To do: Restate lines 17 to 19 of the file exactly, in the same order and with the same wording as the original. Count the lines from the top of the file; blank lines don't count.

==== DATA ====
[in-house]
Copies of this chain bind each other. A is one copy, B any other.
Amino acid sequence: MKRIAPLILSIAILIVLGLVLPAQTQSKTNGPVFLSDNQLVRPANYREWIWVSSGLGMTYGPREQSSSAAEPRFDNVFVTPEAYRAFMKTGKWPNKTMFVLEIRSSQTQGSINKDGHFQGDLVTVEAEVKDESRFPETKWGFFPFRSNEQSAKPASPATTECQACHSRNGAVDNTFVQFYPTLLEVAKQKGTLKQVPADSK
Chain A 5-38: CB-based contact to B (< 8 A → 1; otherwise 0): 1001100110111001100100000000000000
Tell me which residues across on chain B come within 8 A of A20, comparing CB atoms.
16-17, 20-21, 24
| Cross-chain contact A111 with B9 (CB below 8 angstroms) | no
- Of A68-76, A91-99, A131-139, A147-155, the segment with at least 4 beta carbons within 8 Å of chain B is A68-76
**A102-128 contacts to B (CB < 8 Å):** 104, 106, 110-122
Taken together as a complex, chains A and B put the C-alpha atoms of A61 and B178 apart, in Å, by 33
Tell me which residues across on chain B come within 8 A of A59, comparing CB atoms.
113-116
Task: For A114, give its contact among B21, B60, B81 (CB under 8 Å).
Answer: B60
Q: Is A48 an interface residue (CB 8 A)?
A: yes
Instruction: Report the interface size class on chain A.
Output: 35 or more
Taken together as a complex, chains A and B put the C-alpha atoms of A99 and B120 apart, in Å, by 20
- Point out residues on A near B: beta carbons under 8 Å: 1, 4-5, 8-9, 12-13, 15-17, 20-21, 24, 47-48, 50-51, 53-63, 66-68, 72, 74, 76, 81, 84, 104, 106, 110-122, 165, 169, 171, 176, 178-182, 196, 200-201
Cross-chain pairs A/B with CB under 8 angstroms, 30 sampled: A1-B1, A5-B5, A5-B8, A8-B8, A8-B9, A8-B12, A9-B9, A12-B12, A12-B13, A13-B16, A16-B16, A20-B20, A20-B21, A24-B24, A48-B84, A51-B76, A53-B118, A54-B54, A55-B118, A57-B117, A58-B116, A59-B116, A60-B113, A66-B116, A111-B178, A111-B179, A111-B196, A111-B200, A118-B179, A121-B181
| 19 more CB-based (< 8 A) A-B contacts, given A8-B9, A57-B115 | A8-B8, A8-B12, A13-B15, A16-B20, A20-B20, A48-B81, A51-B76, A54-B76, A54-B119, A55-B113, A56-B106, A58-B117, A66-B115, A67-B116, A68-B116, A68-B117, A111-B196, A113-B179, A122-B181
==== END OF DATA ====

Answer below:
Instruction: Report the interface size class on chain A.
Output: 35 or more
Taken together as a complex, chains A and B put the C-alpha atoms of A99 and B120 apart, in Å, by 20